First everyone gets three ‘thing’ cards, containing either a resource or a stakeholder and a number. These cards are used to create a basic scenario: someone invests in an ecological improvement using water and relies on some sort of resources to do something. The players, ordered according to the highest number on the cards, can now specify the italics by playing their cards and weaving it into a story. This way the playable scenario is formed, which may be slightly out-of-the-box. Everyone’s ‘thing’ cards are refilled to three and a new round starts. The player with the highest numbered card may now interpret the filled in scenario by turning it into a project and drawing it on the map. The other players may subsequently use their cards to react to this interpretation, weaving their card into the narrative. They can either aid or extend the project, thus helping the scenario along, or criticize it.Throughout the phases, players can discard one ‘thing’ card in exchange for an ‘effect’ card, disrupting and shaking up the gameplay by dislodging a resource from a project for instance. This way scenarios can be developed dynamically, giving each player the opportunity to contribute and interact.

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Figure 2: The playing field

The goal of this game was still to be determined, which can mean only one thing: more playtests! Do people understand the new structure of the game? Do they like it? How does it relate to water as common pool resource? These are all questions that guided the playtest.

Playtest at IABR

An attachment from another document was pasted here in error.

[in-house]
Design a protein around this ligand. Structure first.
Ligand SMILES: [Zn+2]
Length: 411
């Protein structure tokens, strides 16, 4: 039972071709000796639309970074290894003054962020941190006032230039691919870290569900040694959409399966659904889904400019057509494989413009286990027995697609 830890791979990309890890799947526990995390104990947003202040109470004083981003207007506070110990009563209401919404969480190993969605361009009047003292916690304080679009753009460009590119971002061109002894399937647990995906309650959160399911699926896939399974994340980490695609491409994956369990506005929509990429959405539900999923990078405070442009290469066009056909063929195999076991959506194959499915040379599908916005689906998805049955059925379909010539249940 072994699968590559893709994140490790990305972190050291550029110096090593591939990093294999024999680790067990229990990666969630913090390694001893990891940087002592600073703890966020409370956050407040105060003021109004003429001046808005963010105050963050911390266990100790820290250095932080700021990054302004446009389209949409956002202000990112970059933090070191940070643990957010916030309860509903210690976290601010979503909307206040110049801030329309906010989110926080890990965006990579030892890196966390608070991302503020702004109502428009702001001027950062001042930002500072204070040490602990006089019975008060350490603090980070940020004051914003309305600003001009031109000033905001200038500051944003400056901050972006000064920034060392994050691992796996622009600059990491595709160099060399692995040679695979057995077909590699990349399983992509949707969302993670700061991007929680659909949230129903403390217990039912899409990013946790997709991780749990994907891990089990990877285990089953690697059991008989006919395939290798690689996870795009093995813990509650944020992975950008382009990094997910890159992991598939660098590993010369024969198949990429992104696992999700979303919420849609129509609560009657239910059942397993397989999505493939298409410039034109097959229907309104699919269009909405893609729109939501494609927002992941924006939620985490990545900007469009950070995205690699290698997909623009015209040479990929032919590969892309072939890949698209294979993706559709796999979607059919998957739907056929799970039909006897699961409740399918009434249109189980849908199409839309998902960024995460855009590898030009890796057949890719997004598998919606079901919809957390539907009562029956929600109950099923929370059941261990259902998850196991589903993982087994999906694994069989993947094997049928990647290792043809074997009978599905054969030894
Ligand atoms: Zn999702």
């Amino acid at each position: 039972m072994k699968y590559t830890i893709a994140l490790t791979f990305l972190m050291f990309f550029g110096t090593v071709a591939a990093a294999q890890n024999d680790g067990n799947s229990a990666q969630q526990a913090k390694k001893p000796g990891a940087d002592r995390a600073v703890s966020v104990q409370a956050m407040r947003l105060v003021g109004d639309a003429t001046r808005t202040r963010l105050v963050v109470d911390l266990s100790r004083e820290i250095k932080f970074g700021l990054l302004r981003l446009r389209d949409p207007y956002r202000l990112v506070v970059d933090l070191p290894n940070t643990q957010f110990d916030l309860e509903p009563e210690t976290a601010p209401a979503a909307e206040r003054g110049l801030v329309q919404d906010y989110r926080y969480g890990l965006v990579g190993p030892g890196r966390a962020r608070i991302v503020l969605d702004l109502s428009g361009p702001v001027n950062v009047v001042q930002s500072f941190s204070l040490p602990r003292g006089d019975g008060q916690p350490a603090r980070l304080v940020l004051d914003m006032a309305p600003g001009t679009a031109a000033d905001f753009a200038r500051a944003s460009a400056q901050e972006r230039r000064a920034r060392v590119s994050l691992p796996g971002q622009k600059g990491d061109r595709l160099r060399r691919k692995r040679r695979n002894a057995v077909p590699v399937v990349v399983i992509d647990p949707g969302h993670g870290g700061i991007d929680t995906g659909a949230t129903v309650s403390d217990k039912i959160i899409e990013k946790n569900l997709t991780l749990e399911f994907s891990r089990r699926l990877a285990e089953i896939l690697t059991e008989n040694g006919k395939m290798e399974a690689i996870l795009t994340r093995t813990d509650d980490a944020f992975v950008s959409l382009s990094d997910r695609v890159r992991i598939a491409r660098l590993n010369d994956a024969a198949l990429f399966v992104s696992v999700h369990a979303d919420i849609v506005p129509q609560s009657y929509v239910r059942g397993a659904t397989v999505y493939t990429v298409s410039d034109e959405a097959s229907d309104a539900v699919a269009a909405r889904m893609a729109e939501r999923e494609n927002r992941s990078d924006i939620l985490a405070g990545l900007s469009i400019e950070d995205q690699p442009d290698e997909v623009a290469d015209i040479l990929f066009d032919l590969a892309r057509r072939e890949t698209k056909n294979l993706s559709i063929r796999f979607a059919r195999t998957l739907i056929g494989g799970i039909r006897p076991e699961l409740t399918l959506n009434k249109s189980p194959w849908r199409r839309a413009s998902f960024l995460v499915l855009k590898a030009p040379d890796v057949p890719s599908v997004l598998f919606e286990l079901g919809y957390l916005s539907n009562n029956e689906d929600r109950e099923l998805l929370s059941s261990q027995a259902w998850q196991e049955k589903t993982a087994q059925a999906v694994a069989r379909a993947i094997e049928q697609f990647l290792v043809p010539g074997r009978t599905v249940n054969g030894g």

The playtest was held at the International Architecture Biannual Rotterdam (IABR), which is an event centering on the conviction that architecture is a public concern and which focuses on (the future of) the city. The Hackable city had a stand in the Fenixloods on the 29th of June where players could freely join in to play the game. Two sessions were held back to back with players versed in urban theory, media use, sustainability, and family therapy; a diverse turn-out.

Instead of just talking and drawing this playtest was structured through the use of cards. By starting from a scenario that all players have a role in defining, everyone has the same starting point, instead of their own plot of land threatened by water. The rest of the mechanics let players respond to each other’s played cards. The direct reactions contributed to more communal discussions about the scenario. The effect cards added more possibilities for the players to spice up or direct these discussions. Each player could now at least contribute something due to the cards offering some suggestions..

While the cards ensure that communal discussions related to the topic at hand occur, they also have some drawbacks. Playing cards is what develops the scenario. While during the playtest card-less discussions were also allowed, linking the progression of the scenario to cards severely limits the imagination. Brainstorming is now canalized into the possible narratives ‘contained in the cards’. This may still be imaginative – the resource ‘beauty’ is a show stealer for instance – but brainstorming becomes limited this way.